Global downturn takes a toll on Canada’s north 'mining boom': report
Canada’s territories, not long ago believed to be the epicenter of a mining boom, are feeling the effects of sinking global commodity prices, says the Conference Board of Canada, but longer-term prospects for the industry in the country’s north remain strong.
Nunavut’s mining sector, says the report, is experiencing both accelerating growth and downside risks.
Production at Agnico-Eagle Mines’ Meadowbank gold mine in 2012 far exceeded initial predictions, and output is expected to rise over the next three years.
On the other hand, Arcelormittal and Baffinland’s Mary River iron ore project was scaled back from a planned $4-billion expenditure to a $740-million project. The revised plan is expected to produce less iron ore and not include a rail line or the Steensby Inlet port, although it will begin operations earlier than it would have under the larger project.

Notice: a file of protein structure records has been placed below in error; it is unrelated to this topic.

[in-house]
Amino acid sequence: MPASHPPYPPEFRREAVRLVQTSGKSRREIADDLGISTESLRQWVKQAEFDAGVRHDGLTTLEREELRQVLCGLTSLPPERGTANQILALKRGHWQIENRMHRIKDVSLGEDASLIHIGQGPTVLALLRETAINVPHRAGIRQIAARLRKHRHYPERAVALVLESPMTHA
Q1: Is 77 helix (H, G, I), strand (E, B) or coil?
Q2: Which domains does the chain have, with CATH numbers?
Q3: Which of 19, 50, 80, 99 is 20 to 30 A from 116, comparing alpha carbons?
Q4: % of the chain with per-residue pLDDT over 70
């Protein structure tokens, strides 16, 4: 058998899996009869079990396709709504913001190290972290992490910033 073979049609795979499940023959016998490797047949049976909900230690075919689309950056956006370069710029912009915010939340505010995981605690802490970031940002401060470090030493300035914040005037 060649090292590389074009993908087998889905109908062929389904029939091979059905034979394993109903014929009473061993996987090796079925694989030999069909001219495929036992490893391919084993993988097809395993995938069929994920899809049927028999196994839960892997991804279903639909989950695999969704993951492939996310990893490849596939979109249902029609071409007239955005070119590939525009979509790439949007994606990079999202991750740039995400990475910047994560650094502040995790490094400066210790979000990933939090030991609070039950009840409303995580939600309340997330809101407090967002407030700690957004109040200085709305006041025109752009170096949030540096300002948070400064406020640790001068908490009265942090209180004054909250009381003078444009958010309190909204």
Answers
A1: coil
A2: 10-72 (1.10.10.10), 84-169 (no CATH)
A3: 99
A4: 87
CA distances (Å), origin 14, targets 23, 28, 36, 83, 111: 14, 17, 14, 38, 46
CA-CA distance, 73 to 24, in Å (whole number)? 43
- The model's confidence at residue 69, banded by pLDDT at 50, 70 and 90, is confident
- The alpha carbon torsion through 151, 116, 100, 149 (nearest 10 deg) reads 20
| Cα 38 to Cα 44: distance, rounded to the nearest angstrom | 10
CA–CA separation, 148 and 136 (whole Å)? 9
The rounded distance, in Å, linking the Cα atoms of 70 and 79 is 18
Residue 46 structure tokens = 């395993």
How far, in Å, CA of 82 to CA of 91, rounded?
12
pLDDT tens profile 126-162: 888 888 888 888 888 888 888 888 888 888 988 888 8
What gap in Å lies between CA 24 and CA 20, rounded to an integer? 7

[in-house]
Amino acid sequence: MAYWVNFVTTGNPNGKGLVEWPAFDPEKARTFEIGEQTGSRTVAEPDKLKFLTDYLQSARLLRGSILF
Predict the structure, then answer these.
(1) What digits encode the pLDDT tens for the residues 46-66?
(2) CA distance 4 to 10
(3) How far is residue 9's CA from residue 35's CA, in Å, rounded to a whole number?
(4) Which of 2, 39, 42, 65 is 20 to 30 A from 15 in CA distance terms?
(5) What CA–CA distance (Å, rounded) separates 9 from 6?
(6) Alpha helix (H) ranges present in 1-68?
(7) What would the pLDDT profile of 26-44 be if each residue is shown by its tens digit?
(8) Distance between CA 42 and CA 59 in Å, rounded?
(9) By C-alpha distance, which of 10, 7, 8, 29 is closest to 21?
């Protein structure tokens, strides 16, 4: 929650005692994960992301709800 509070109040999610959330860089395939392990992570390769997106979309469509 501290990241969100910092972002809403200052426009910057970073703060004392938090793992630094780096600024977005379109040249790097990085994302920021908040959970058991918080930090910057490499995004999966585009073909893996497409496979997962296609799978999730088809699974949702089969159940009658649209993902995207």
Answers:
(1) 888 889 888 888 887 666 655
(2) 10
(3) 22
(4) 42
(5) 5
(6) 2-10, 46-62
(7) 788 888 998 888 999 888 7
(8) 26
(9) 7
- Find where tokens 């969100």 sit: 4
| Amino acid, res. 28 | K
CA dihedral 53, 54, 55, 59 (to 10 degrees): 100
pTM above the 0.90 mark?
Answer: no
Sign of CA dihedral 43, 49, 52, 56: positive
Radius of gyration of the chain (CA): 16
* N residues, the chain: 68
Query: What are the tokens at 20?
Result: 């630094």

Even with the downgrade, overall economic growth in Nunavut is forecast to be 3.4% in 2013 and 8.8% in 2014.
According to according Territorial Outlook: Winter 2013, the Northwest Territories are in a privileged position as recent discoveries demonstrate it doesn’t depend solely on diamonds, a sector that is both maturing and entering a long-term decline.
Last week the N.W.T took a giant step closer to gaining unprecedented control over its own land, water and natural resources, but without support from two of the territory’s aboriginal governments.
Now the jurisdiction will be able to keep a large chunk of revenue from resource development that currently flows to the federal government.